Amnesia Scanner & Bill Kouligas - LEXACHAST
In a broken world, fiction is essential. Not the kind of fiction that is produced daily as self-fiction, or even the aggregated socio-fictions we develop to navigate life’s multiplicity and mundanity, but those basic loud, seductive, visceral fictions that exist as the human will to power. This is a grand fiction that mythologizes escape from forced valuation and banal congregations of history. This is perhaps among the more essential capabilities of music — to reevaluate meaning as anything but a still reservoir, but rather as a production, an undertaking, a will to affirmation radically oscillating between the real-world and a fiction-world boundlessly critical of the real’s shortcomings. Regardless of its design, we return to this fiction in the same obedient manner as we return to cyclical law; the way we return to death and dying, life and living — the way we return to movement as critical, corrosive beings, to listening in on vital dreams in visceral dance with new normalities.
Amnesia Scanner’s fictive world has dramatized the will to power through their surreal world-building. Their work has been polemical and subversive in its voicing of this fiction. AS Angels Rig Hook was a radical critique of contemporary life, a hybrid work allowing creative and sonic forces to surge in communion with gloriously malignant views of the future-present. The work’s illegibility came primarily from Jaakko Pallasvuo’s remarkable, Trecartin-esque text laden with “demonic, disembodied voices chattering to create fragmented narratives coded into drones, high-speed Wi-Fi, Gregorian monks, and Google Krishna.”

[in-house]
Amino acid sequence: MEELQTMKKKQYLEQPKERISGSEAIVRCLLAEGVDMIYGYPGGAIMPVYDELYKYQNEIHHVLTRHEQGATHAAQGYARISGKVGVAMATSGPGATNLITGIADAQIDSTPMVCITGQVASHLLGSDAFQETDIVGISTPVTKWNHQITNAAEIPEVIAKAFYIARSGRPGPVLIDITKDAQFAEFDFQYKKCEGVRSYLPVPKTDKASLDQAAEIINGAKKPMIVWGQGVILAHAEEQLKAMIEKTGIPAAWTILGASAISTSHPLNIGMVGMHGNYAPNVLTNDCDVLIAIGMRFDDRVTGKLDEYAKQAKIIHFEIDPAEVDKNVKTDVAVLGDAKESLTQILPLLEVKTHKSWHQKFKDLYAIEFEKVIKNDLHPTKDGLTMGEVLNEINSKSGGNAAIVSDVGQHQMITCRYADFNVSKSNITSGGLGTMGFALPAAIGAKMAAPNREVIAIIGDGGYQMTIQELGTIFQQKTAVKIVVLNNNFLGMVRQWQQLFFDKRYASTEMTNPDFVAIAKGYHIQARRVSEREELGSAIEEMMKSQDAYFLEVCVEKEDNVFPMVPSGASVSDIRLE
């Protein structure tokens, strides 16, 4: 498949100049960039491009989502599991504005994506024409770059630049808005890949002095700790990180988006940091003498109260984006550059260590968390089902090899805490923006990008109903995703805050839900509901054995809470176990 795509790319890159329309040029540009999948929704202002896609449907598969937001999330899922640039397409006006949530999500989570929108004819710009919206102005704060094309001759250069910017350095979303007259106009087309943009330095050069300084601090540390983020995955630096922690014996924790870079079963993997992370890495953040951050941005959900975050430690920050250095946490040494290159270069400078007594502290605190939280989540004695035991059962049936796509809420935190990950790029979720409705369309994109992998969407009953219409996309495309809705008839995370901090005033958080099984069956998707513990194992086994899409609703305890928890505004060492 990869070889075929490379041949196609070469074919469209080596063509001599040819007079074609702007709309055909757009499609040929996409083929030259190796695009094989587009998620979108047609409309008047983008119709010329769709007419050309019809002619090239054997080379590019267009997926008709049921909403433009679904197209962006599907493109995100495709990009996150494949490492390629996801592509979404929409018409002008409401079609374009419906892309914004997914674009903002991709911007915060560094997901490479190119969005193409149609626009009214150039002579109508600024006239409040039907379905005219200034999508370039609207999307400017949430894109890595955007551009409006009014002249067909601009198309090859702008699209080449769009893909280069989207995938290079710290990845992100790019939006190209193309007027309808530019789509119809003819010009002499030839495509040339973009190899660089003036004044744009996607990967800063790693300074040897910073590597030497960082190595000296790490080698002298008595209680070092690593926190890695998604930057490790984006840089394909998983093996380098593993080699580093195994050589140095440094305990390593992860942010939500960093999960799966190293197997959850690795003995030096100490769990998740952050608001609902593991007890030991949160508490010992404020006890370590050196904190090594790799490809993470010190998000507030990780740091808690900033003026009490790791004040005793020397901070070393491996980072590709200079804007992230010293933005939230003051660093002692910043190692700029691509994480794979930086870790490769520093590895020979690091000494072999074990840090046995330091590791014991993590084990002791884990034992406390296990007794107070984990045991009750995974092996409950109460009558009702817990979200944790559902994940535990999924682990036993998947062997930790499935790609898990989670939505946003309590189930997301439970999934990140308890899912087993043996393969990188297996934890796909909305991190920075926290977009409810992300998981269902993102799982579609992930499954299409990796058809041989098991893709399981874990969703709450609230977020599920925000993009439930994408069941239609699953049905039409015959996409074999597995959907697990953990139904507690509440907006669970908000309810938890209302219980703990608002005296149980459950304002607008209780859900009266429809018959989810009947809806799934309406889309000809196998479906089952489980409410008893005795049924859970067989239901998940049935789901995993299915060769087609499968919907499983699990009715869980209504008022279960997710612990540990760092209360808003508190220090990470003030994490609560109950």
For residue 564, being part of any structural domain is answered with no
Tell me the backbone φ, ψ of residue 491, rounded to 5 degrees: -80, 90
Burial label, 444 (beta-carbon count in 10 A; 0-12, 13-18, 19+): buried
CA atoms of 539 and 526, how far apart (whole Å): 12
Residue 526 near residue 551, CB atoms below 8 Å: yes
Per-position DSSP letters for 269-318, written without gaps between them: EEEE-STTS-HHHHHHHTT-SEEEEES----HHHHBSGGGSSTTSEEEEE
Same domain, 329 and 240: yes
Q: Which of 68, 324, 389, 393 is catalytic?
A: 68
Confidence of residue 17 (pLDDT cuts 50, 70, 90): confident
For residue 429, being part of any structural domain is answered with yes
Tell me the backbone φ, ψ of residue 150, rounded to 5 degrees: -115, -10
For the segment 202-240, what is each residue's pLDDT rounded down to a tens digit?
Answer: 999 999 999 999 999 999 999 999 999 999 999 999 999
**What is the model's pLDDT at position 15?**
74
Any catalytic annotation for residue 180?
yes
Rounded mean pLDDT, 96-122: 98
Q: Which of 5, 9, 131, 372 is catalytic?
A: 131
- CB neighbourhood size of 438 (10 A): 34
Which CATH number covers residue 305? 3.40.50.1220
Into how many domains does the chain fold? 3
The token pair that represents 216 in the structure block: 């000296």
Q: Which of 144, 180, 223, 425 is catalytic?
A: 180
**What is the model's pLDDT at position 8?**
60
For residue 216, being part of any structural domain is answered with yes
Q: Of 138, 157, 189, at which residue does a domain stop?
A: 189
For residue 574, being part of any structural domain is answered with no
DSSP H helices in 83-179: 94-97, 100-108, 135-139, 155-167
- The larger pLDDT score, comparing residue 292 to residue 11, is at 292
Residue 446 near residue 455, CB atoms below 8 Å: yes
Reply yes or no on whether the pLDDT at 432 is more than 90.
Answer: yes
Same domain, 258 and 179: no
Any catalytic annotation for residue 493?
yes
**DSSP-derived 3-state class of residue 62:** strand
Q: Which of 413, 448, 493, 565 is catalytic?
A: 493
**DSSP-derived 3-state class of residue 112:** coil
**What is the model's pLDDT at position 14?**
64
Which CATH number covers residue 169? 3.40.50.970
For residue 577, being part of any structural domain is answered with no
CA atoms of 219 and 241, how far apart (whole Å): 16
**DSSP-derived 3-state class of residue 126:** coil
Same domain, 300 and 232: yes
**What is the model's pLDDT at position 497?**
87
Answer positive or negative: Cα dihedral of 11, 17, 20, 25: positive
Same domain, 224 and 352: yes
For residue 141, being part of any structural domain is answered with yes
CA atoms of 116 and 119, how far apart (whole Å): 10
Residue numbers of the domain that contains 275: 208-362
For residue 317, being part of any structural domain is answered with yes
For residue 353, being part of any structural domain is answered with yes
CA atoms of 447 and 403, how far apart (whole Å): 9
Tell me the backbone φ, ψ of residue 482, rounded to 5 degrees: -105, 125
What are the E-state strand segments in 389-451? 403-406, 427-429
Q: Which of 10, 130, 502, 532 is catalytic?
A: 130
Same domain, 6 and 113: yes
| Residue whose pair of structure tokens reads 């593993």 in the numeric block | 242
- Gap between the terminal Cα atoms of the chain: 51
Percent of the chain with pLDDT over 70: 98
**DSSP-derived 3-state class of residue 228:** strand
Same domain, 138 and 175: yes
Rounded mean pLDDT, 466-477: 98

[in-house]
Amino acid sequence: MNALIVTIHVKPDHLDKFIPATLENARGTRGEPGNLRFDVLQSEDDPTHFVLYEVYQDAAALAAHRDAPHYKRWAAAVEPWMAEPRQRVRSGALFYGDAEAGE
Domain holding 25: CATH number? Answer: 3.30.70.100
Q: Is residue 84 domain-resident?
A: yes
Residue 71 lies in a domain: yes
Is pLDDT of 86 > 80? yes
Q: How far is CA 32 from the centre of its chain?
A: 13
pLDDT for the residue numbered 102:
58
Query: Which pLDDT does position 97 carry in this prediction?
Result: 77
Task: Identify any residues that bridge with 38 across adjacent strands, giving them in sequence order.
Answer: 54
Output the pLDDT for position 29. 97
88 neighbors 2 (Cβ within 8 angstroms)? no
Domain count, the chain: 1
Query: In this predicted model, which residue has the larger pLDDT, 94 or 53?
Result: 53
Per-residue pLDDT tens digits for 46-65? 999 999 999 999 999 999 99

Their manner of dramatization is extended and ravaged further in LEXACHAST, their brutal collaboration with PAN label head Bill Kouligas. The “15:38”-long piece begins with barely-recognizable, already-morphed voices spliced from AS Angels Rig Hook — voices warped further into an insectoid buzz. These voices encircle the mix as their differentiation and repetition gains momentum through sequential phrases disrupted by eruptions of profound noise. Immense, romantic, Dionysian bursts of cybernetic sound rage forward in black metal-like assaults; the drama eventually descends in a rave-esque trance of unwound voices swimming through wired tentacles, their spidery metallic forms skittering throughout. Such drama is deepened in descending motifs that ravage like an Arvo Pärt organ piece: repetitive and meditative, yet fueled by our times’ cybernetic zeitgeist and desire for severity. The apparatus devastates enough to teleologically pull the piece toward negative implosion or illumination, a momentum nipped off suddenly during its final, “Ligeti-trance” climax.
LEXACHAST functions as a brutal installment in Kouligas’s regular quest for ecstatic, severe sound; and, more specifically, it serves as another step toward an impartial de-individualization of fiction in music-making — an illuminating quest for the broken, exploded, utterly volcanic lineage of immersive sound running parallel to an already exploded reality. Now-regular PAN collaborator Harm van den Dorpel returns by providing a generative image display that showcases more culturally specific content than the particle systems he developed for his previous collaboration with ADR. Rather, here, he demonstrates the heartbreaking consumption patterns of contemporary life institutionalized in the onslaught of unshakable images. Amongst this chatter of overlayed cultural apparitions, a music enshrouds their harshness in an undeniable drama, aphoristically searching for an outside — that receding horizon, that location of dynamic affirmation between power and presence.
To use DeForrest Brown Jr.’s algorithm: “chatter as shroud + anxiety amid receding horizon = negative potential.”